The head of Spain’s motor racing federation has lambasted Hispania Racing after it became the first team to record a double-DNQ since Arrows at the 2002 French Grand Prix.
The team’s untested F111 cars weren’t built until later into the Grand Prix weekend, leaving drivers Vitantonio Liuzzi and Narain Karthikeyan the opportunity to complete a handful of practice laps before Saturday’s qualifying session. Not surprisingly, both failed to register a lap time within 107% of Sebastian Vettel’s quickest lap in Q1.
Carlos Gracia, Spain’s chief FIA representative and a member of the World Motor Sport Council, told Radio Marca that he was “annoyed with the attitude” of the team’s management, but denied being disappointed in the result.
“You could see this coming,” he said, adding that if the team continued with this level of performance, he would “prefer there was no Spanish team in Formula 1.”
Indeed, reports from the Albert Park paddock claim that the entire media centre burst into a round of sarcastic applause when Liuzzi completed the team’s first shakedown lap in the last minutes of second practice on Friday.
“I want a Spanish team that is serious and with the necessary budgets, not a team that is made a fool of,” Gracia added. “Hispania has not done its homework. You cannot be in Formula 1 in such precarious condition.”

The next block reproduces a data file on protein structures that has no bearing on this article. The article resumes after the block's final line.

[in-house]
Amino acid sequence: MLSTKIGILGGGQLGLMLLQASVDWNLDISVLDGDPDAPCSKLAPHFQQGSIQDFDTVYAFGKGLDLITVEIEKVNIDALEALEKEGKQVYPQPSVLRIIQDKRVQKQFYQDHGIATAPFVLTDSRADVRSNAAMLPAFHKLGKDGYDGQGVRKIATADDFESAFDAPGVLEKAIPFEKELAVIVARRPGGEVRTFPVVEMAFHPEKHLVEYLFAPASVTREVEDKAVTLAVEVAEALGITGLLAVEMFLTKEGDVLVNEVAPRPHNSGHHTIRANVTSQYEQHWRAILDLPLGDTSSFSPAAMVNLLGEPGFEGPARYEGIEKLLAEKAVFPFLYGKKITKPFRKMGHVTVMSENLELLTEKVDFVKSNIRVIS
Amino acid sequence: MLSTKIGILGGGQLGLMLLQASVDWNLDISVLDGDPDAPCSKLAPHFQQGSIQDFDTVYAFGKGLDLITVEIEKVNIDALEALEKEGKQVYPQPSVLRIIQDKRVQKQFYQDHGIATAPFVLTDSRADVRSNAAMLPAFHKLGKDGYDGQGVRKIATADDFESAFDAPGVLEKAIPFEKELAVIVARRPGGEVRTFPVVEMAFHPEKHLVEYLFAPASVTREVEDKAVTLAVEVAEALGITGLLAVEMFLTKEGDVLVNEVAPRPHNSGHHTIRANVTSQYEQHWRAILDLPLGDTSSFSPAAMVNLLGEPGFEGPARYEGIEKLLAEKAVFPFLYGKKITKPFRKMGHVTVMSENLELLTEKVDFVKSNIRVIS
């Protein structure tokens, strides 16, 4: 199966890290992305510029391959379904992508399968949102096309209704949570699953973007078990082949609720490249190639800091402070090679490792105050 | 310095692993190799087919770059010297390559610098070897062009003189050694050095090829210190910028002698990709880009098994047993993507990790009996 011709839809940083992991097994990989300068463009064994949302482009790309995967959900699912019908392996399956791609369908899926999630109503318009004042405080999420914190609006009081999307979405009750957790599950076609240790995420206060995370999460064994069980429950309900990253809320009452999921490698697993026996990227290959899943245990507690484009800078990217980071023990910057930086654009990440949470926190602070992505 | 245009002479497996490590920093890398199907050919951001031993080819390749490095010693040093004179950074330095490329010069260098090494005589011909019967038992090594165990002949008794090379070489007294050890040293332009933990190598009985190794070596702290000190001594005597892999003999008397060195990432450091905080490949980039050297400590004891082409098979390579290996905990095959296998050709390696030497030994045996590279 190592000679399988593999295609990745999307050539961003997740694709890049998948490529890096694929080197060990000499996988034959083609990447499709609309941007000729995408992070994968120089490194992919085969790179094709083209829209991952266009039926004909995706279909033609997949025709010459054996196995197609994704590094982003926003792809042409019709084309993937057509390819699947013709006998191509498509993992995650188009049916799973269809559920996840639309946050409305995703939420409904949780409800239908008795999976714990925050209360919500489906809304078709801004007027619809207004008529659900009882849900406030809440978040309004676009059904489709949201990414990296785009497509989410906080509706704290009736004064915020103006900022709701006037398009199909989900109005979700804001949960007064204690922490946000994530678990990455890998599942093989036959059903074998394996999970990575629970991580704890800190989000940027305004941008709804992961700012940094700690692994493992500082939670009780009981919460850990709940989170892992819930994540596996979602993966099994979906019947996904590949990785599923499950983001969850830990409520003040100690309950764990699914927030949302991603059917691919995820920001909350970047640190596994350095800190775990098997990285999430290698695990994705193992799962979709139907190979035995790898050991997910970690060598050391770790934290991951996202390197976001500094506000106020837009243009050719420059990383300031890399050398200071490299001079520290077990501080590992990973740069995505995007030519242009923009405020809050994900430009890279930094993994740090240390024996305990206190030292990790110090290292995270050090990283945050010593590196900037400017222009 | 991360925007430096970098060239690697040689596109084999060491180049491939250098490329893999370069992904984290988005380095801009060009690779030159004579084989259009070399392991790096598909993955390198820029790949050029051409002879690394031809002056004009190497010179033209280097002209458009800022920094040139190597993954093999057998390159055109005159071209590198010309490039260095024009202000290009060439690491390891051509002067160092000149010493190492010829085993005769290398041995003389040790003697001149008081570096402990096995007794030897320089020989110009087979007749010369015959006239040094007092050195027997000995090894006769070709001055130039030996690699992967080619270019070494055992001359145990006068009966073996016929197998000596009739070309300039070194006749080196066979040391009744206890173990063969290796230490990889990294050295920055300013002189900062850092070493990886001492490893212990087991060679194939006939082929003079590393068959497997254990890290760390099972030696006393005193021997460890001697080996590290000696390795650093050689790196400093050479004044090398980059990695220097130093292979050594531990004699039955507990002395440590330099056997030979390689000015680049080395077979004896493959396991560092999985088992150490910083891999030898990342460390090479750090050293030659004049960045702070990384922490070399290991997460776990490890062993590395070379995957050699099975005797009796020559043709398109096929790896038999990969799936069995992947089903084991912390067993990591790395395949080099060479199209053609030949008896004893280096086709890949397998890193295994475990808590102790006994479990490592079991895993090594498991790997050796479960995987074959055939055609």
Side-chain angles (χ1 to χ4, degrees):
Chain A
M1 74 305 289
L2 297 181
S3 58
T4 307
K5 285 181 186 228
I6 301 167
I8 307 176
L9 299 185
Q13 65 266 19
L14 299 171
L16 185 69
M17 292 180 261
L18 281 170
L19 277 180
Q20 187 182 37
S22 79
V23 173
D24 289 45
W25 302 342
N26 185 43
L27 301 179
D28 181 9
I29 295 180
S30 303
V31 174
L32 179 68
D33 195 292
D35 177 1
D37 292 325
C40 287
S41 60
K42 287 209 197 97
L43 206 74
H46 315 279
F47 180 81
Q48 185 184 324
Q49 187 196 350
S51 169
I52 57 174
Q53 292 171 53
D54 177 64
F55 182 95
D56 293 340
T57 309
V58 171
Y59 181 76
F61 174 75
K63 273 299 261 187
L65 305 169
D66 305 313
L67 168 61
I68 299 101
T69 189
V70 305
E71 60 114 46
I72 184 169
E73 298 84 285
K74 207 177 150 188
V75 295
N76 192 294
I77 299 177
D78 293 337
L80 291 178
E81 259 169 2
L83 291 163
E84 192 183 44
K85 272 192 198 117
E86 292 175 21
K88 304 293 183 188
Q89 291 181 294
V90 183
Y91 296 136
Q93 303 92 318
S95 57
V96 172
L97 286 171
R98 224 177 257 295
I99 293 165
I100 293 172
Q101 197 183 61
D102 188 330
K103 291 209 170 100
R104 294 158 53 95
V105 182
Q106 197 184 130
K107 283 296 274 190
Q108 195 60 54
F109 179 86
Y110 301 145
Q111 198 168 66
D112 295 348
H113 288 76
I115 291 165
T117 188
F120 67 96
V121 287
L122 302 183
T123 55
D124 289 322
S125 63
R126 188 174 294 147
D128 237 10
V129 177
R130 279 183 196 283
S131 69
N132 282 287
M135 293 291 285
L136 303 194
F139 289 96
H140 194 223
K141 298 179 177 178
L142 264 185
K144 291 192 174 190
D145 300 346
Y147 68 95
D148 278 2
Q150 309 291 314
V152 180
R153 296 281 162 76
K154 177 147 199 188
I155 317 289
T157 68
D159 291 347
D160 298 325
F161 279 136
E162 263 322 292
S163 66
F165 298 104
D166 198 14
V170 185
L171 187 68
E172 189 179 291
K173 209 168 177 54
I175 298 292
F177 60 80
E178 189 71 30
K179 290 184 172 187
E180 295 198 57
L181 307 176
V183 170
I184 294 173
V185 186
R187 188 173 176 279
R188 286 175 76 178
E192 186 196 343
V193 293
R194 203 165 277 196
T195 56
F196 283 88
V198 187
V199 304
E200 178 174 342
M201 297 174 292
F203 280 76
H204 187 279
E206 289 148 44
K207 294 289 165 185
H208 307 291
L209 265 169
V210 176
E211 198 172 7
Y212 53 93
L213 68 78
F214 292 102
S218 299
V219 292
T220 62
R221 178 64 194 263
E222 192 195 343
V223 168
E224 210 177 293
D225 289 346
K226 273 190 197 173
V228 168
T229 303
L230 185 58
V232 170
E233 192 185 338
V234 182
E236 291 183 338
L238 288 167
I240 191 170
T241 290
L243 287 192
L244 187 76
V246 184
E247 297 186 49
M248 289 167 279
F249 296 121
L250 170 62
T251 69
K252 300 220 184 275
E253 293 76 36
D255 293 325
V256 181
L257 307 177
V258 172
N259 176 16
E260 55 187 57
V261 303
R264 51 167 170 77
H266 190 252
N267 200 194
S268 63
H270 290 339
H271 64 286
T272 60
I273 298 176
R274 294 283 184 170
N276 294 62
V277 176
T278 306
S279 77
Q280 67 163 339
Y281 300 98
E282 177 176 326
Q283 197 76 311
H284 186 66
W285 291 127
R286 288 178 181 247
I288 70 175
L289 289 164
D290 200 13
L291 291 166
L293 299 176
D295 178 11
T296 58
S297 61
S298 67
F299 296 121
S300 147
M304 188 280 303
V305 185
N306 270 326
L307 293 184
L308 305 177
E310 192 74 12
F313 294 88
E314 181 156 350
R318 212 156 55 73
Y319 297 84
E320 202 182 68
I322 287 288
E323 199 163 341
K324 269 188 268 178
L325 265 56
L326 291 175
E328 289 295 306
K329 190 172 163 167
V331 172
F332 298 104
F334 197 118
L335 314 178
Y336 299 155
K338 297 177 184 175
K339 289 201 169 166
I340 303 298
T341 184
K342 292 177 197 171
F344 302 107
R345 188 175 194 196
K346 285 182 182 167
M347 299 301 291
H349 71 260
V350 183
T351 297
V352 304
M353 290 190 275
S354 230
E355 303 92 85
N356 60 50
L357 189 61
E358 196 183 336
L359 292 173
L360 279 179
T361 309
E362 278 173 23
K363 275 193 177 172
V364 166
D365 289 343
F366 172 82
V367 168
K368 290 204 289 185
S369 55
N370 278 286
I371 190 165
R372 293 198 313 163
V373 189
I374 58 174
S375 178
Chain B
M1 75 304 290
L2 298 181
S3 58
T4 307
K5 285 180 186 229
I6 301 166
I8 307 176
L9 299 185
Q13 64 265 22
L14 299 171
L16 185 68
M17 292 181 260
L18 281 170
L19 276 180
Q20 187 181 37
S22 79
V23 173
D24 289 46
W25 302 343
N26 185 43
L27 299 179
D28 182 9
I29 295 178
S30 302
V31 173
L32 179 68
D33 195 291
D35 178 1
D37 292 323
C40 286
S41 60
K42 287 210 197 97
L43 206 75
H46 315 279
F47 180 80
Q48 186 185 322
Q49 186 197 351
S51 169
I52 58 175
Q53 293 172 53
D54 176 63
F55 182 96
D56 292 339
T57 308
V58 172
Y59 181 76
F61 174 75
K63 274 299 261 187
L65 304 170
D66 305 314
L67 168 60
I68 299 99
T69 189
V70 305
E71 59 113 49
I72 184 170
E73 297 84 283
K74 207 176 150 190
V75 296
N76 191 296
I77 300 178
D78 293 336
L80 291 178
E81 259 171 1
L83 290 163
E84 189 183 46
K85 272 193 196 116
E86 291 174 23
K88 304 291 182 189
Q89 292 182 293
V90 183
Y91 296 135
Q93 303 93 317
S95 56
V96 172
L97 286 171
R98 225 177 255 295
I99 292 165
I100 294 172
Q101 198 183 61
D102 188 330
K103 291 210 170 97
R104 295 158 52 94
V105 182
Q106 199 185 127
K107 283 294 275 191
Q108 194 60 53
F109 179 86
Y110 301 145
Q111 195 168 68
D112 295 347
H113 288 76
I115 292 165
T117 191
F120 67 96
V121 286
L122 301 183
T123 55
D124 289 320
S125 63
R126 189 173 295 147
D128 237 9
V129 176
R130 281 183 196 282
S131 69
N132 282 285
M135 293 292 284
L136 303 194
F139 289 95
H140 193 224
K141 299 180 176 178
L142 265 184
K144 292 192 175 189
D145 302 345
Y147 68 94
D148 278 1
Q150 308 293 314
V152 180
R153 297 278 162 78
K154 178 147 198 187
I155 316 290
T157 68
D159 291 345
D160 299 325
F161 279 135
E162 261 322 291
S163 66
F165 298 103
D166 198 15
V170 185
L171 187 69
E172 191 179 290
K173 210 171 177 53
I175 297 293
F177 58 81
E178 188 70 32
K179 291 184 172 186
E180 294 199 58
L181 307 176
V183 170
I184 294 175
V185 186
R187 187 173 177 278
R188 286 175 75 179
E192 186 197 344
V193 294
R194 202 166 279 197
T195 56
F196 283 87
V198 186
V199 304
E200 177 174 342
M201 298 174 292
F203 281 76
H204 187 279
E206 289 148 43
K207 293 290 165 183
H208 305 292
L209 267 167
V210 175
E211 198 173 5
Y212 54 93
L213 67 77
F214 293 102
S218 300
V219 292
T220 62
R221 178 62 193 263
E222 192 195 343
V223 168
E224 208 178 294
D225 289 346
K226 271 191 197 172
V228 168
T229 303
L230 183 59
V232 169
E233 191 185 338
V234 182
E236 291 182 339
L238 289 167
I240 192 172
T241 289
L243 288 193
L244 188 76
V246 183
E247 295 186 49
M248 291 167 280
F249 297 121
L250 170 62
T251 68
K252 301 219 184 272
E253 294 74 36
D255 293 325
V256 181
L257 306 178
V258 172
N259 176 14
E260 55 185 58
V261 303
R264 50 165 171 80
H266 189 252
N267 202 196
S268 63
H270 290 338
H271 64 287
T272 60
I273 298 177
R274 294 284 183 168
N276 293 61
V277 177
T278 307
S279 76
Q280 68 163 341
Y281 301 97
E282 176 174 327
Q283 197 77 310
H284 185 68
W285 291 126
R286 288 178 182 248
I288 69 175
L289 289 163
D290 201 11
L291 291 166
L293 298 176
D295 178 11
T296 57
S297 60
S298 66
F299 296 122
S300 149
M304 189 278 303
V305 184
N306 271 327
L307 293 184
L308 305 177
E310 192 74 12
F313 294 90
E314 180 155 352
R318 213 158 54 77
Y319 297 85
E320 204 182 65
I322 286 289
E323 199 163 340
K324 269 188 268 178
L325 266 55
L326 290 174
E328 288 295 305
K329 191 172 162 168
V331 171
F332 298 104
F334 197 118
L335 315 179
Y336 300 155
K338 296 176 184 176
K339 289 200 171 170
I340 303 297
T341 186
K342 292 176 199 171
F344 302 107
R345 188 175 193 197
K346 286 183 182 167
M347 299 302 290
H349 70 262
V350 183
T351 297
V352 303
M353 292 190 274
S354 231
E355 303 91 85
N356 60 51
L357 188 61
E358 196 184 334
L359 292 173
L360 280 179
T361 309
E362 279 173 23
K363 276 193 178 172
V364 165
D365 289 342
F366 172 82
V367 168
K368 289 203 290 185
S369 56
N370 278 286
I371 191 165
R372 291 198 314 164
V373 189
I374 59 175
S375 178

The delays in building the cobbled-together F111 were down to the staggered arrival of parts for the car “as we paid the suppliers”, one unnamed source in the team said.
With much of the team’s freight having missed the cargo planes to Australia, many team members carried car parts in their personal luggage, with team boss Colin Kolles’ luggage rejected by airline staff on account of its weight.
Even former F1 driver-turned-commentator Christian Danner admitted to donating some space in his luggage for parts, and told Bild newspaper: “I had a little sympathy [for their plight].”
But the same cannot be said for others in the paddock, with the newspaper reporting that much of the paddock “is laughing at Hispania”.
“Just because I ride a bike with my friends on a Sunday doesn’t mean I think I can ride in the next Tour on [Alberto] Contador’s wheel,” he wrote. “I would be ridiculed for not understanding the magnitude of the challenge.”
And even the stewards – who have previously given dispensation for ‘exceptional circumstances’ in previous instances of non-qualification – could find no grounds to let the team compete at the race.
“I felt bad but you cannot compete in Formula 1 on the cheap,” the panel’s guest steward, former Grand Prix driver Johnny Herbert wrote in The National newspaper.
“Hopefully this setback will give the team the kick they need to get ready to compete properly in Malaysia with the right funding.”
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